From his head flows the sacred river the Ganga and he has a serpent around his neck. His hair is long and matted, and he wears only a cloth around his waist, and today many ascetic men wander around India and Nepal following his model. They follow Shiva's model-- that material concerns of this world are only an extreme illusion to distract you from meditation and ultimate enlightenment.

Who's the Monkey?!?

The monkey-headed God, is none other than Hanuman, Hinduism's ultimate symbol of devotion. Hanuman, a king amongst the monkeys, became a loyal devotee and companion to Lord Rama. In fact it is said that he started praying to Lord Rama before this incarnation of Vishnu was even born. One of the favorite all time stories passed down from generation to generation in India and Nepal is the Ramayana which depicts the adventures of Lord Ram struggling to restore justice in the face of evil monsters and greedy rulers. I used to eagerly await bedtime to hear another story from my grandmother about how Hanuman remained by Rama's side even when faced with 10 headed demons, or how he uprooted an entire mountain and flew it over great distances to save Rama's beloved wife Sita.

The ancient Hindu texts describe the world going through different ages, or yugs, and we are now currently in the Kali Yug. This is the time when the world is supposed to climax. We inhabitants of the earth will progress to such extreme that we will eventually lead to our own ruin. At this point Vishnu will reincarnate to the world as Kalki who will save the world by ending it. Shiva will step in to aid in the complete destruction of the world, when a big flood is predicted to come and clear away everything. Some believe that all that will remain will be a seed. Finally Brahma will take this seed and use it to create the world all over again, fresh and new.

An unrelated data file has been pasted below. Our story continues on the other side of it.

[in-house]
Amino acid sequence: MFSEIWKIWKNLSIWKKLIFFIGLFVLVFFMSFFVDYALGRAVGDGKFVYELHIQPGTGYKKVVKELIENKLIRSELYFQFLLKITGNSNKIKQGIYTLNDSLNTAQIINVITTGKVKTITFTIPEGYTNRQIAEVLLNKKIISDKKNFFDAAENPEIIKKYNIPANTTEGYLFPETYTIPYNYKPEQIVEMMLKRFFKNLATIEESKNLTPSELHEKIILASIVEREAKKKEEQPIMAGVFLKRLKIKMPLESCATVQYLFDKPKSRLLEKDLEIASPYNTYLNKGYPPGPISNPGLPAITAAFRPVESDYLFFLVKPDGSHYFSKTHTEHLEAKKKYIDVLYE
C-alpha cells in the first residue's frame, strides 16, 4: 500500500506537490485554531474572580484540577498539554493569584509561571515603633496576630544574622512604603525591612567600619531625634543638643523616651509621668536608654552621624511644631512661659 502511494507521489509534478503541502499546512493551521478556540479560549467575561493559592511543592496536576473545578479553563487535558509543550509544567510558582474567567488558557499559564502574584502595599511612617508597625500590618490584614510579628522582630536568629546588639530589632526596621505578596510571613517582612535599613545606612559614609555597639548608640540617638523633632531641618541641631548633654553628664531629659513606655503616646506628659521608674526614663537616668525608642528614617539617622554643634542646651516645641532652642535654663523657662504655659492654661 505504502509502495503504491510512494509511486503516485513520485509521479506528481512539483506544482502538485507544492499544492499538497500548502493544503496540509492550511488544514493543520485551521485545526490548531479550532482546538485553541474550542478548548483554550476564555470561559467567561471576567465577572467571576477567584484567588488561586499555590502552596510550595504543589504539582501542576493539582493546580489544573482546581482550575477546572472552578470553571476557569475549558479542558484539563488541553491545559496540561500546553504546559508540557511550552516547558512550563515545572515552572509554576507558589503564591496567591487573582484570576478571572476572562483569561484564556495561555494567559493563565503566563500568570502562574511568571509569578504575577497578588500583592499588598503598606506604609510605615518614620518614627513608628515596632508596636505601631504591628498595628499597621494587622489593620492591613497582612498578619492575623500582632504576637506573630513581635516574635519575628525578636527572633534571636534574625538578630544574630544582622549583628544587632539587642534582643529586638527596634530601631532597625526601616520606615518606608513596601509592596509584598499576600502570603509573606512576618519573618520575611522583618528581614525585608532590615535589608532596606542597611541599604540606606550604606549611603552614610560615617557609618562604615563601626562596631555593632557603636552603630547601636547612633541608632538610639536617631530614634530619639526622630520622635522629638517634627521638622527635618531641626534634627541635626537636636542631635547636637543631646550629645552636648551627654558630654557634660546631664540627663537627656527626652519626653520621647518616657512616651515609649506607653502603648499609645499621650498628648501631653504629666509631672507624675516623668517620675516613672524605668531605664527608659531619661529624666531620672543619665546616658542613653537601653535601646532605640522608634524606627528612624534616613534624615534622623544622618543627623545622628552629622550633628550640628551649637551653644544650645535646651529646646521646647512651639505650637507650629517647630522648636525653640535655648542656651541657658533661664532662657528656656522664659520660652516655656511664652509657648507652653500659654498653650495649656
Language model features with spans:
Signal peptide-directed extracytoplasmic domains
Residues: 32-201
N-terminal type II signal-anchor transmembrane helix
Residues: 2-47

Requires "Flash" and is a 553k download.

In this 'virtual' puja, (or worship) to Ganesh you will find some of the major aspects of any Hindu puja. First ring the bell as Hindus do upon entering any temple. Then click on the flower to adorn Ganesh with flowers. Then click on the colorful powders to mark the image with the auspicious mark on the forehead (don't forget to smear some red on your forehead too!) Next light some sweet incense, and finally click on the flame to light the purifying haarti. Congratulations! You've just completed your first virtual puja!



p.s. - Please e-mail me at

Kavitha - Following the Flower of Hinduism: Part I - The Mysteries
Jasmine - Hug A Tree - It May Be Your Last Chance
Team - Making a Difference: Wanna Go To Burma? Think Again!
Team - Life in Tibet Could Be Better